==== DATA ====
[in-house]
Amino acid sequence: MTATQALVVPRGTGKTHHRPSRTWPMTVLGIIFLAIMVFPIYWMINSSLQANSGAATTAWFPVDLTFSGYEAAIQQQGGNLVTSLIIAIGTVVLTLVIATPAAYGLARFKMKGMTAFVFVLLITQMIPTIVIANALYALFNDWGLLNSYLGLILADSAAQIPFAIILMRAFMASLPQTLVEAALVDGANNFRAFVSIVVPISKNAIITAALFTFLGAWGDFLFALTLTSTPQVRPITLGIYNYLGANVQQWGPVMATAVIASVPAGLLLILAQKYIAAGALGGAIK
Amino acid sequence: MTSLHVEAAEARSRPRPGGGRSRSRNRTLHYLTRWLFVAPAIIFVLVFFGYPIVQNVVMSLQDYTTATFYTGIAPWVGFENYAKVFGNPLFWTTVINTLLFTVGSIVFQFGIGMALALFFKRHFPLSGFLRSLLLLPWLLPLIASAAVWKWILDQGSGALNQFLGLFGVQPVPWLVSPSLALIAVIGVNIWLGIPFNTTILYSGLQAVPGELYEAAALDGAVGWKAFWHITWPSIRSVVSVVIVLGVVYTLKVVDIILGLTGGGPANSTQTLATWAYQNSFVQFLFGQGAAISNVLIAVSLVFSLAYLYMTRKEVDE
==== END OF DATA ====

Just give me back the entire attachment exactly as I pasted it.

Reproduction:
[in-house]
Amino acid sequence: MTATQALVVPRGTGKTHHRPSRTWPMTVLGIIFLAIMVFPIYWMINSSLQANSGAATTAWFPVDLTFSGYEAAIQQQGGNLVTSLIIAIGTVVLTLVIATPAAYGLARFKMKGMTAFVFVLLITQMIPTIVIANALYALFNDWGLLNSYLGLILADSAAQIPFAIILMRAFMASLPQTLVEAALVDGANNFRAFVSIVVPISKNAIITAALFTFLGAWGDFLFALTLTSTPQVRPITLGIYNYLGANVQQWGPVMATAVIASVPAGLLLILAQKYIAAGALGGAIK
Amino acid sequence: MTSLHVEAAEARSRPRPGGGRSRSRNRTLHYLTRWLFVAPAIIFVLVFFGYPIVQNVVMSLQDYTTATFYTGIAPWVGFENYAKVFGNPLFWTTVINTLLFTVGSIVFQFGIGMALALFFKRHFPLSGFLRSLLLLPWLLPLIASAAVWKWILDQGSGALNQFLGLFGVQPVPWLVSPSLALIAVIGVNIWLGIPFNTTILYSGLQAVPGELYEAAALDGAVGWKAFWHITWPSIRSVVSVVIVLGVVYTLKVVDIILGLTGGGPANSTQTLATWAYQNSFVQFLFGQGAAISNVLIAVSLVFSLAYLYMTRKEVDE